FRANKFURT/BERLIN (Reuters) - Germany is nearing a deal to invest in 50Hertz to fend off China’s State Grid as an auction for a 20 percent stake in the German high-voltage energy network operator draws to a close, people close to the matter said.
State Grid last week made a final offer worth just below 1 billion euros ($1.2 billion) for a 20 percent stake in the company that Australian infrastructure fund IFM had put on the block, they said.
While no other suitor participated in the final round of bidding, German state bank KfW is still poised to pocket the stake due to the right of first refusal held by Belgian majority shareholder Elia, they said.
Highly indebted Elia is expected to draw the right by a July 28 deadline and then sell the stake on to KfW, they added. “The deal is as good as done,” one of the people said.
Germany’s economy ministry declined to comment, while State Grid and Elia were not immediately available for comment.
A final decision is expected to be taken at Elia’s end-July board meeting, the people said.
“Germany views 50Hertz as part of its crucial infrastructure and has asked Chinese officials to understand this,” another source said, referring to high-level China-Germany meetings earlier this month.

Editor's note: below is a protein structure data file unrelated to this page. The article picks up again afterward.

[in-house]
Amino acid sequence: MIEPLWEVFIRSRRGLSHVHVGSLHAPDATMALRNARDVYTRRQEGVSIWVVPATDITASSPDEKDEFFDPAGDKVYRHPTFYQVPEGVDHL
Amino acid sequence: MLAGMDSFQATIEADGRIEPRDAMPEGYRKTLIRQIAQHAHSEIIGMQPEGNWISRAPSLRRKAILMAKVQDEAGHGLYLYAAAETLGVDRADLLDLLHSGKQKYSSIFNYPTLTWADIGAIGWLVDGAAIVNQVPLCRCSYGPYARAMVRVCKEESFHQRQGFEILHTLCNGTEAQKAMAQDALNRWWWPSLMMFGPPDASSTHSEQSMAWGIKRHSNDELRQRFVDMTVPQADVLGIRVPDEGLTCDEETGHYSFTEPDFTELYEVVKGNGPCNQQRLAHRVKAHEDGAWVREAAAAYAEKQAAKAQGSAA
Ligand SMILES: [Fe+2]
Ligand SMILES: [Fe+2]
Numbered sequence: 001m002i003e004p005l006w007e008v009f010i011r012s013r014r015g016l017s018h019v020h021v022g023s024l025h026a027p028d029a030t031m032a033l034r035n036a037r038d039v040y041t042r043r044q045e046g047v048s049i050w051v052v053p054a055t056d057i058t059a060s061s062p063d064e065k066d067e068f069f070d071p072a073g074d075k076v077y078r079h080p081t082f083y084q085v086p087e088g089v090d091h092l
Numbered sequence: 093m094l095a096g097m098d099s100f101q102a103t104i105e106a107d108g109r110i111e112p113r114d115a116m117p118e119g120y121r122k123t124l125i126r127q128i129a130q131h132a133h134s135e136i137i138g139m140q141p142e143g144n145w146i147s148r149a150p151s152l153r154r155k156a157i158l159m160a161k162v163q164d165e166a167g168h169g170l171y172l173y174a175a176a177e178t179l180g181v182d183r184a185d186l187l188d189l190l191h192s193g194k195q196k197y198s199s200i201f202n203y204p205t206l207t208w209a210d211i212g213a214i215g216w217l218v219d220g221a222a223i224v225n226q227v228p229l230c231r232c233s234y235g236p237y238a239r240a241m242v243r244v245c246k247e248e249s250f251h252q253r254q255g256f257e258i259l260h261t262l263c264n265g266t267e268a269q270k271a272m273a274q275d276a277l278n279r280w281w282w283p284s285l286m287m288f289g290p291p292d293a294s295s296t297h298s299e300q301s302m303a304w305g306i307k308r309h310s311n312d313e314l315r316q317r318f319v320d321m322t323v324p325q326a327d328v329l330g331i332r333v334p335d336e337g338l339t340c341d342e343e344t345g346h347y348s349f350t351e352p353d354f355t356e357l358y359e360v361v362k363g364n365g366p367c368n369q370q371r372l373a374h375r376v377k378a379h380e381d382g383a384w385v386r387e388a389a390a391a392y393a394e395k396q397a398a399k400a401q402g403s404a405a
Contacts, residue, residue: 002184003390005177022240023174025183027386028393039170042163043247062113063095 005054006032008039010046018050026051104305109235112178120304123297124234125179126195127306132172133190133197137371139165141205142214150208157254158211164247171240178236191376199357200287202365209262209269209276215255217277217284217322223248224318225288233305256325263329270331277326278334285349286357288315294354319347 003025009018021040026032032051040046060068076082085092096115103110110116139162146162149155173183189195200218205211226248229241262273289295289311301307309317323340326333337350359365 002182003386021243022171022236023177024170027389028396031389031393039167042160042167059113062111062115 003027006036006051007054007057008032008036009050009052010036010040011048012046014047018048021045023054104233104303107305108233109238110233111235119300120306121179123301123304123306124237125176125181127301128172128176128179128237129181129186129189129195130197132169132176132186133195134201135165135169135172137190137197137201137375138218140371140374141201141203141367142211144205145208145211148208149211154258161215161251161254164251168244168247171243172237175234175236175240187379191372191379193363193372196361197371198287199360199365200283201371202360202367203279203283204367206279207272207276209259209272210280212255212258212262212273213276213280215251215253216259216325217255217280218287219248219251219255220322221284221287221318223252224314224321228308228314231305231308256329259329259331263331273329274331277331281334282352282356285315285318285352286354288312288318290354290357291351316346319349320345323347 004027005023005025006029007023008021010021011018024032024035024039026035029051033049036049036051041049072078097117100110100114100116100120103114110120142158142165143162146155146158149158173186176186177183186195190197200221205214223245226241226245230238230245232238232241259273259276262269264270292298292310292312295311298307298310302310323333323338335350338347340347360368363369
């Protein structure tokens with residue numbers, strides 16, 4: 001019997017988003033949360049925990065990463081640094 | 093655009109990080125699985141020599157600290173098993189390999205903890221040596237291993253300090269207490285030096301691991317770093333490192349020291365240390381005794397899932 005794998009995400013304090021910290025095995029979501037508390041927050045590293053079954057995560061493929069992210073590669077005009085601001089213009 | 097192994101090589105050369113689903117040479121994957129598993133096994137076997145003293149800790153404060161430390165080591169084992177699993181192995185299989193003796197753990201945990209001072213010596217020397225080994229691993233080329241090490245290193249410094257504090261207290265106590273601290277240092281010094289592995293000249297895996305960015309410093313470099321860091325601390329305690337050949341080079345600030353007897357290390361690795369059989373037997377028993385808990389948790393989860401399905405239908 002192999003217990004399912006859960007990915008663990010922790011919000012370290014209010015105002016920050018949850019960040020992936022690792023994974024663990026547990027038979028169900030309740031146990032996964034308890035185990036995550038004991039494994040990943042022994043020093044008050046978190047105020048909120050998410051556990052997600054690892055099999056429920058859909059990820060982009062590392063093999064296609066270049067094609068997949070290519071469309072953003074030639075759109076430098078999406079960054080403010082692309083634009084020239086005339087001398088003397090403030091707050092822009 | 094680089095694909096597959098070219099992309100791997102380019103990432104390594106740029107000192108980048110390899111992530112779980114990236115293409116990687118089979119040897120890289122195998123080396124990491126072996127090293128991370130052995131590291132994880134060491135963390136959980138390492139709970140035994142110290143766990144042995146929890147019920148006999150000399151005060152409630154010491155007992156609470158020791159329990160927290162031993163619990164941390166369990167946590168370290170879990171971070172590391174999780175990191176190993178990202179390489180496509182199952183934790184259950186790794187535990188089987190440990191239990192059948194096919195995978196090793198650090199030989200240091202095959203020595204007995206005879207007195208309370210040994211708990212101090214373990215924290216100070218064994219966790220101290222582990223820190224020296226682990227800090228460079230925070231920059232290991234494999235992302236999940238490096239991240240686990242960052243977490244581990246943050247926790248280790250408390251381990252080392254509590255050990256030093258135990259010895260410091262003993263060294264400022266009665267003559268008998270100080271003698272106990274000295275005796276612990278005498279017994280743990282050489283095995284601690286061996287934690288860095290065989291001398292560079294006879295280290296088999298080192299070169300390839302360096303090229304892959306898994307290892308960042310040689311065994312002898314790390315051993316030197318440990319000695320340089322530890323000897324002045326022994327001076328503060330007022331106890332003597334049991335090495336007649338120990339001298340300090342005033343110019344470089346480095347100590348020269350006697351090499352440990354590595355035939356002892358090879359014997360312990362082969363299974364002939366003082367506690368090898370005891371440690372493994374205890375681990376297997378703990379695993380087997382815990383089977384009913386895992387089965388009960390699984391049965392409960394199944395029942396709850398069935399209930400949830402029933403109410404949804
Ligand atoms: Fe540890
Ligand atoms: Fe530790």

Chinese Premier Li Keqiang and German Chancellor Angela Merkel discussed in Berlin the two countries’ economic ties, reiterating commitments to a multilateral global trade order.
German Economy Minister Peter Altmaier, however, had said in June that he saw a problem in letting critical infrastructure fall into the hands of investors whose motivation and background were not clear, citing 50Hertz as an example.
In March, Elia exercised its right to buy a first 20 percent stake in the network operator for 976 million euros ($1.13 billion), beating State Grid, which had already negotiated the planned purchase.
Sources familiar with the situation said Elia lacked the financial firepower for a second large transaction. They added that KfW was likely eventually to hand the investment on to an investor deemed suitable.
German politicians have viewed State Grid’s interest in 50Hertz critically, amid fears that China was taking control of key technologies while protecting its own companies against foreign takeovers.
IFM and Elia bought 50Hertz from Swedish utility Vattenfall in 2010 for 810 million euros, meaning IFM was able to sell a 20 percent stake at six times the amount it paid.
50Hertz operates a grid of some 10,000 km in northern and eastern Germany, supplying about 18 million people with electricity.
Additional reporting by Markus Wacket and Muyu Xu; Editing by Ludwig Burger and Dale Hudson